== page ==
Defendant seizes upon this final answer to argue that it is uncontested that Roxana knew it was not appropriate for a pastor to confirm a female churchgoer's sexual activity by placing his fingers in her vagina.   Defendant contends, in fact, that the touching was “never perceived by Roxana to be part of his duties as pastor.” 9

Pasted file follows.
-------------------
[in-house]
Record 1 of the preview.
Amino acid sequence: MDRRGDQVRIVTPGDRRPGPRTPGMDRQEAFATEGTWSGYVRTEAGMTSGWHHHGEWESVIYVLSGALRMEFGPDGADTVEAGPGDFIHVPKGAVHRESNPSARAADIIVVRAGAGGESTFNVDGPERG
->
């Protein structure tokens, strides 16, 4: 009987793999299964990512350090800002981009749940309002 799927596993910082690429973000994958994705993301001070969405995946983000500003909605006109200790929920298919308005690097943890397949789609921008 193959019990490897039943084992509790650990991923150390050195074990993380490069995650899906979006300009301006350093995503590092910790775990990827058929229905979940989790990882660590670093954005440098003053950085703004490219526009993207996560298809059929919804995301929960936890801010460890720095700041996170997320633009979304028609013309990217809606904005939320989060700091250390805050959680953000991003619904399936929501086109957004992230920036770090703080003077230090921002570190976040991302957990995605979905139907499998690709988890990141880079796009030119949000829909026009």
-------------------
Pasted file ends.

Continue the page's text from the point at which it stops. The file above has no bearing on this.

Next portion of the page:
Defendant's restatement of the evidence is an oversimplification of Roxana's testimony.   Roxana also explained that she thought defendant touched her only to check her virginity and that she thought it was appropriate due to his role in the church community.   She stated clearly that it was not until he kissed her on the mouth, after removing his fingers from her vagina, that she questioned his intentions.   In describing the prior incident in defendant's office, Roxana unambiguously explained that she thought it appropriate for a pastor to confirm her virginity.   In addition, Roxana's testimony must be viewed in the context of the entire trial. As noted, the jury heard repeatedly that a primary purpose of the church was to protect the chastity of its teenage participants and that defendant was actively involved in ensuring appropriate conduct. Defendant was the ultimate religious authority for the church community and counseled churchgoers regarding their transgressions.   At the time of the sexual penetration, Roxana was consulting with defendant in his capacity as pastor of the church.   A jury thus could conclude that Roxana was misled regarding the purpose of defendant's actions and believed that he had a legitimate professional reason for confirming her virginity.